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March 2008

Topiramate for Alcohol Dependence
Topiramate (Topamax) has been found to be beneficial in treating alcohol dependence.

Early Intervention for Schizophrenia: A Role for Antidepressants?
Antidepressants may reduce the transition from a prodrome of pre-psychosis to schizophrenia in vulnerable individuals.

In Brief
Duloxetine Approved for GAD; Depression in Parkinson’s Disease; Asthma Linked to Psychiatric Disorder

Adjunctive Antipsychotics for MDD
Patients with treatment-resistant major depressive disorder may benefit from the addition of second-generation antipsychotics to an antidepressant medication regimen.

Antipsychotics in Youth with Schizophrenia
Early-onset schizophrenia-spectrum disorder requires long-term antipsychotic treatment, but children and adolescents are sensitive to antipsychotic side effects and should be monitored carefully.

Antipsychotics in Youth with Schizophrenia

March 2008

Only about 1% of adults with schizophrenia have a first onset of psychotic symptoms before age 13 years.1 The incidence then increases sharply between ages 12 and 14 years. As many as one-third of adults with schizophrenia have early-onset schizophrenia-spectrum (EOSS) disorder, defined as onset of psychotic symptoms before age 18 years, which requires long-term antipsychotic medication treatment. Kumra and coauthors conducted a literature search of clinical trials of antipsychotics in children and adolescents with EOSS disorder and identified 10 double-blind clinical trials that included at least 15 subjects.1

As in adults, second-generation agents have a reduced propensity in children to cause adverse motor side effects and prolactin elevations compared with first-generation agents. Adolescents might be more vulnerable than adults, however, to a number of other side effects of these medications, including weight gain, metabolic disturbances, elevated prolactin, and sedation. Nonadherence to treatment is common among youth with schizophrenia, and weight gain is often the reason. The authors found no good treatment guidelines to address treatment-emergent obesity, diabetes, or hyperlipidemia in children or adolescents treated with second-generation antipsychotics. Possible antidotes that have been discussed include metformin (Glucophage and others), orlistat (Xenical), amantadine (Symmetrel and others), and sibutramine (Meridia), but none has been studied sufficiently.

Open-label studies of clozapine (Clozaril and others) have found it to be effective for both positive and negative symptoms as well as aggressive outbursts in EOSS disorder. It has been demonstrated to be superior to olanzapine (Zyprexa) in reducing negative symptoms in treatment-refractory EOSS disorder but not as consistently superior in improving overall clinical outcome.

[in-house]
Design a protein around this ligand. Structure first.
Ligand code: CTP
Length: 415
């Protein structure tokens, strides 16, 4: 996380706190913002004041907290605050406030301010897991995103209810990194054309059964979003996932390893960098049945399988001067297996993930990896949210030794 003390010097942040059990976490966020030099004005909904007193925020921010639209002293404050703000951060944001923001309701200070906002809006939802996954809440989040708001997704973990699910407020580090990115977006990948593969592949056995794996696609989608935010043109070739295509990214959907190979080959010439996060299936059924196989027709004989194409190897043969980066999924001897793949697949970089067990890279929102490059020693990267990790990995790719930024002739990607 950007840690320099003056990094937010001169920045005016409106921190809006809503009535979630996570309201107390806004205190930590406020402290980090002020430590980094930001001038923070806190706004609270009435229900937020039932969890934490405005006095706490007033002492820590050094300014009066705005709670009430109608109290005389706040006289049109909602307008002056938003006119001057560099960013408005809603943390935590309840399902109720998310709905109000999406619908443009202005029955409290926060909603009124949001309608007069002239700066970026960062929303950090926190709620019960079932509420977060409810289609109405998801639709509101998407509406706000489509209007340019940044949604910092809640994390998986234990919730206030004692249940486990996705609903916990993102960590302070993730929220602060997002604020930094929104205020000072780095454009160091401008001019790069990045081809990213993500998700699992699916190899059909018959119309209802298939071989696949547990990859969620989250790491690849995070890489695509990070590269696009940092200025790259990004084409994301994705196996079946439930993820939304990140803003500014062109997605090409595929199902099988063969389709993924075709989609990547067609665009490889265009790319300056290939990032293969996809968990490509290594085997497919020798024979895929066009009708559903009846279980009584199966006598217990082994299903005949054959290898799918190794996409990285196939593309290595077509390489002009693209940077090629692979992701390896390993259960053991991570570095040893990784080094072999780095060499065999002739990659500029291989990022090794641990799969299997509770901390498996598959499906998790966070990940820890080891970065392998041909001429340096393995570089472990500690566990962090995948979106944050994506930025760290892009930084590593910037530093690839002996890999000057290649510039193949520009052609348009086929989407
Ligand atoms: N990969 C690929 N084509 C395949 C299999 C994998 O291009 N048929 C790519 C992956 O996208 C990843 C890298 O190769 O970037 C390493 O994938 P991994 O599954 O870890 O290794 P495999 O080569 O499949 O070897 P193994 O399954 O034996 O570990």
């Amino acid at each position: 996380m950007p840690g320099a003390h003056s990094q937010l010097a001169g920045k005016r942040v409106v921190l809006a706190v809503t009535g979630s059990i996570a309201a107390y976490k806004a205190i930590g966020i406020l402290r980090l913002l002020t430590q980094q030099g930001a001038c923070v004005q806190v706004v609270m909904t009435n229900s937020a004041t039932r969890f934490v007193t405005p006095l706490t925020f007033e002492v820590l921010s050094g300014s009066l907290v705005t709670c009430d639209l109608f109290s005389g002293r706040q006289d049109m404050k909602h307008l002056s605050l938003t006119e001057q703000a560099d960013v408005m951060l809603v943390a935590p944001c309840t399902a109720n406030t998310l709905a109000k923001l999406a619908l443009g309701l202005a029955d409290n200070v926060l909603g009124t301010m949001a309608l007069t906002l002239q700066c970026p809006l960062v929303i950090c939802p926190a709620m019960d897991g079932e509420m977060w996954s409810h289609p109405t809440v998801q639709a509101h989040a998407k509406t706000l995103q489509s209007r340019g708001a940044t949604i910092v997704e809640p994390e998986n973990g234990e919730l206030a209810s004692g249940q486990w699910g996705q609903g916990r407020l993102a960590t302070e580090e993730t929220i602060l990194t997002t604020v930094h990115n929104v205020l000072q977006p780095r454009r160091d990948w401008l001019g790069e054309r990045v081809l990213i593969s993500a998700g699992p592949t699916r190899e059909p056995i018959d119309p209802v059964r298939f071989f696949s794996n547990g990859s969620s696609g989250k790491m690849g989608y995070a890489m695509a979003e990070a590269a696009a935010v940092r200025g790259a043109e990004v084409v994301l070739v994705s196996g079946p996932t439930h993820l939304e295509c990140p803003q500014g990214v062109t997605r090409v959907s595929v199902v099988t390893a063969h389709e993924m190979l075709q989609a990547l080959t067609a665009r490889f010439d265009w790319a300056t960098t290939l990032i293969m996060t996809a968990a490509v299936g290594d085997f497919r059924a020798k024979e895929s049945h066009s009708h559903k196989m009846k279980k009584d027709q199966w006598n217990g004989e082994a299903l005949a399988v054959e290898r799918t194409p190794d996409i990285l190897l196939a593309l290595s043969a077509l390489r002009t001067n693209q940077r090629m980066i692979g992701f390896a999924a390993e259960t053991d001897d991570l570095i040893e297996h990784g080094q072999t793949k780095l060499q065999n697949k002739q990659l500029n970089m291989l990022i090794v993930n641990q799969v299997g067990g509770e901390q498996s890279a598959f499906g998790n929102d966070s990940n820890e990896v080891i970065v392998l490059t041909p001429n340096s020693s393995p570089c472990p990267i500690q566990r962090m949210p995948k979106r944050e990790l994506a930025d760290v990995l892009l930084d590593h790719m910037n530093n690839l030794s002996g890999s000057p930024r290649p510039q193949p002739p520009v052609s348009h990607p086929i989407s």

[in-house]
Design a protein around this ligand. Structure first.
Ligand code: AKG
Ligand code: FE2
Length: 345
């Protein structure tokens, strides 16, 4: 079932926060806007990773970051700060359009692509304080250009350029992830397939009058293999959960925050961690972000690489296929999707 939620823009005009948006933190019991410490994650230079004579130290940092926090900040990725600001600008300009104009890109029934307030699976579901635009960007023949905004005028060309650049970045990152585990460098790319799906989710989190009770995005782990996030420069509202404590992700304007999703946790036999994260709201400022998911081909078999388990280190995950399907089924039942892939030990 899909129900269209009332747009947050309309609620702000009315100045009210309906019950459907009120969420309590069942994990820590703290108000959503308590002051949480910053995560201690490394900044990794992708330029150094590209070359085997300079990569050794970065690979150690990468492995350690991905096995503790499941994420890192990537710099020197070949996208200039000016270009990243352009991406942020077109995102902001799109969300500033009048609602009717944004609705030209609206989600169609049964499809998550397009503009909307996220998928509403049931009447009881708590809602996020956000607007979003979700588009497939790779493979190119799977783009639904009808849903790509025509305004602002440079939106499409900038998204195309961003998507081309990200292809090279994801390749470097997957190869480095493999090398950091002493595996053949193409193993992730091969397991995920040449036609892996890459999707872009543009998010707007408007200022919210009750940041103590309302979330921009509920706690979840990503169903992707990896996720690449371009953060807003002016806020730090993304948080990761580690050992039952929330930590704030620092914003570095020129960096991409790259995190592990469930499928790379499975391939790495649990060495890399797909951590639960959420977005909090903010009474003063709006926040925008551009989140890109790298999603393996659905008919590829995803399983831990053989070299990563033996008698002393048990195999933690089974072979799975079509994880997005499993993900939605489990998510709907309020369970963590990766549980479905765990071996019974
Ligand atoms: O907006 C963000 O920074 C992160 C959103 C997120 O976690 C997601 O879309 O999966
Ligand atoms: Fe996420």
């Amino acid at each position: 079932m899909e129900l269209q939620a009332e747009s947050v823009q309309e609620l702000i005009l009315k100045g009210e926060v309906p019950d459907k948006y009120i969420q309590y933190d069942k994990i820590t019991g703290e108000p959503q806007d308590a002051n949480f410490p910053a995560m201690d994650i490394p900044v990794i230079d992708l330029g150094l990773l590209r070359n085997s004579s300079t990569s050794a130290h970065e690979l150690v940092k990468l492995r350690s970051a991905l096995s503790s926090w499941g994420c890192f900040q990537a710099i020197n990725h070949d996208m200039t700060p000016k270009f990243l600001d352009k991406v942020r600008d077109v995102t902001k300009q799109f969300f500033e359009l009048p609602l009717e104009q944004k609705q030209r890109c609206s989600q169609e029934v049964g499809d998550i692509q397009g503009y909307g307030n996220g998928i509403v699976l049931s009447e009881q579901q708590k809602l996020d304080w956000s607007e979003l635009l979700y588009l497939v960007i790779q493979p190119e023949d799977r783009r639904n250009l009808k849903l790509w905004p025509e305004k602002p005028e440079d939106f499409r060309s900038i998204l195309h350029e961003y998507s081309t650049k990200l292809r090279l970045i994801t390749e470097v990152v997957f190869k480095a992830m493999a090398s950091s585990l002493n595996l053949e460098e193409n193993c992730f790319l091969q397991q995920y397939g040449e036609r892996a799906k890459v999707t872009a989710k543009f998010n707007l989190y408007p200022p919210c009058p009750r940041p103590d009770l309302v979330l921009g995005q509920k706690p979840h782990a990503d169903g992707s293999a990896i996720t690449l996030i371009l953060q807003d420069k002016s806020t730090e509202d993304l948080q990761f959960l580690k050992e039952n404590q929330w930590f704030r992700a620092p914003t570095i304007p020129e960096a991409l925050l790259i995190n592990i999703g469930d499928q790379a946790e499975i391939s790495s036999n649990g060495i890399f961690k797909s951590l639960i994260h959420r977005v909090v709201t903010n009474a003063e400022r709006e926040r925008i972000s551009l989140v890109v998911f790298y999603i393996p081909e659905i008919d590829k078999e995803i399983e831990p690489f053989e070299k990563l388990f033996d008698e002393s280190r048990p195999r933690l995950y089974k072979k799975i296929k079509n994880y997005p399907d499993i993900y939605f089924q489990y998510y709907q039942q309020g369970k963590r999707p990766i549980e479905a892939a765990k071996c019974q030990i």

In independent work, Sporn and associates describe 54 children and adolescents who had treatment-refractory childhood-onset schizophrenia, defined as the first episode of psychosis before a 13th birthday, and were enrolled in studies involving double-blind or open-label clozapine treatment.2 Subjects were followed for up to 6 years.

Sporn et al found that the best predictor of a positive response to clozapine in this young, treatment-resistant population was the ratio of plasma concentrations of N-desmethylclozapine to clozapine. A majority of clinical improvement occurred by 6 weeks, and 6-week response was the best predictor of long-term outcome. Nonetheless, of nine children who were nonresponders at 6 weeks, five went on to subsequently show response. The authors suggest that clozapine is an appropriate treatment for children and adolescents with early-onset schizophrenia who have failed two previous trials of antipsychotics. Monitoring of white blood cell counts should be the same as for adults: weekly for the first 6 months and biweekly thereafter. Children appear to have a higher rate of adverse effects than adults, suggesting the need for close monitoring. In the authors' study, neutropenia occurred in 6% of subjects (versus 1% to 2% for adults), and akathisia occurred in 15% (versus 3% for adults).

Early-onset schizophrenia is a severe condition. Among today's therapeutic options, antipsychotic drugs are almost always required for long-term treatment. In more difficult cases, clozapine should be tried and given at least a few months to determine response. Children and adolescents are sensitive to the adverse effects of antipsychotics and require careful clinical and laboratory monitoring.

1Kumra S, Oberstar JV, Sikich L, Findling RL, McClellan JM, Vinogradov S, Schulz SC: Efficacy and tolerability of second-generation antipsychotics in children and adolescents with schizophrenia. Schizophrenia Bull 2008;34:60–71.

2Sporn AL, Vermani A, Greenstein DK, Bobb AJ, Spencer EP, Clasen LS, Tossell JW, Stayer CC, Gochman PA, Lenane MC, Rapoport JL, Gogtay N: Clozapine treatment of childhood-onset schizophrenia: Evaluation of effectiveness, adverse effects, and long-term outcome. Schizophrenia Bull 2007;46:1349–1356.